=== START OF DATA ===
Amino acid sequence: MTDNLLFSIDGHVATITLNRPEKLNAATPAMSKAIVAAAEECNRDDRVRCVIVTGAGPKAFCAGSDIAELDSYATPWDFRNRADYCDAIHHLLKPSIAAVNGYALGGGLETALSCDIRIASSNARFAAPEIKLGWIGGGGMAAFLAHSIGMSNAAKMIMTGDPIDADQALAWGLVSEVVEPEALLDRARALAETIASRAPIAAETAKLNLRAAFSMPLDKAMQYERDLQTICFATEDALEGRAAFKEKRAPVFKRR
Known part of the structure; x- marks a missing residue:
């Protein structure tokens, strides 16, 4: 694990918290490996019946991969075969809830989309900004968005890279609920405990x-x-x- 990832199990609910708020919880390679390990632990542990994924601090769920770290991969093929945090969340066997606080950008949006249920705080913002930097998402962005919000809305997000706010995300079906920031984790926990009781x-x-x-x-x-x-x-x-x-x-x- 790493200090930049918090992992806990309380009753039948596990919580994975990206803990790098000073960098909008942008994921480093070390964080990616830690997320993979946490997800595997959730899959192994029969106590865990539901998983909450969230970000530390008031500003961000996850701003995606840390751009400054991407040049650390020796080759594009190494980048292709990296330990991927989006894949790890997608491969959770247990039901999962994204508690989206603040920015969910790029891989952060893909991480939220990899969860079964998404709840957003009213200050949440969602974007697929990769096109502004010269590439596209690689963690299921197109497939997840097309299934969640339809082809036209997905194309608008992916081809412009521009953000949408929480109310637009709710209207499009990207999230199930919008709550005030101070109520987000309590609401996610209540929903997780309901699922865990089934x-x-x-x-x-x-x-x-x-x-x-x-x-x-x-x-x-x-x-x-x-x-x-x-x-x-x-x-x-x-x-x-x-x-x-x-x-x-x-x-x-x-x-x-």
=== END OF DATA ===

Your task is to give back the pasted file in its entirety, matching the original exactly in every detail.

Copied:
Amino acid sequence: MTDNLLFSIDGHVATITLNRPEKLNAATPAMSKAIVAAAEECNRDDRVRCVIVTGAGPKAFCAGSDIAELDSYATPWDFRNRADYCDAIHHLLKPSIAAVNGYALGGGLETALSCDIRIASSNARFAAPEIKLGWIGGGGMAAFLAHSIGMSNAAKMIMTGDPIDADQALAWGLVSEVVEPEALLDRARALAETIASRAPIAAETAKLNLRAAFSMPLDKAMQYERDLQTICFATEDALEGRAAFKEKRAPVFKRR
Known part of the structure; x- marks a missing residue:
């Protein structure tokens, strides 16, 4: 694990918290490996019946991969075969809830989309900004968005890279609920405990x-x-x- 990832199990609910708020919880390679390990632990542990994924601090769920770290991969093929945090969340066997606080950008949006249920705080913002930097998402962005919000809305997000706010995300079906920031984790926990009781x-x-x-x-x-x-x-x-x-x-x- 790493200090930049918090992992806990309380009753039948596990919580994975990206803990790098000073960098909008942008994921480093070390964080990616830690997320993979946490997800595997959730899959192994029969106590865990539901998983909450969230970000530390008031500003961000996850701003995606840390751009400054991407040049650390020796080759594009190494980048292709990296330990991927989006894949790890997608491969959770247990039901999962994204508690989206603040920015969910790029891989952060893909991480939220990899969860079964998404709840957003009213200050949440969602974007697929990769096109502004010269590439596209690689963690299921197109497939997840097309299934969640339809082809036209997905194309608008992916081809412009521009953000949408929480109310637009709710209207499009990207999230199930919008709550005030101070109520987000309590609401996610209540929903997780309901699922865990089934x-x-x-x-x-x-x-x-x-x-x-x-x-x-x-x-x-x-x-x-x-x-x-x-x-x-x-x-x-x-x-x-x-x-x-x-x-x-x-x-x-x-x-x-």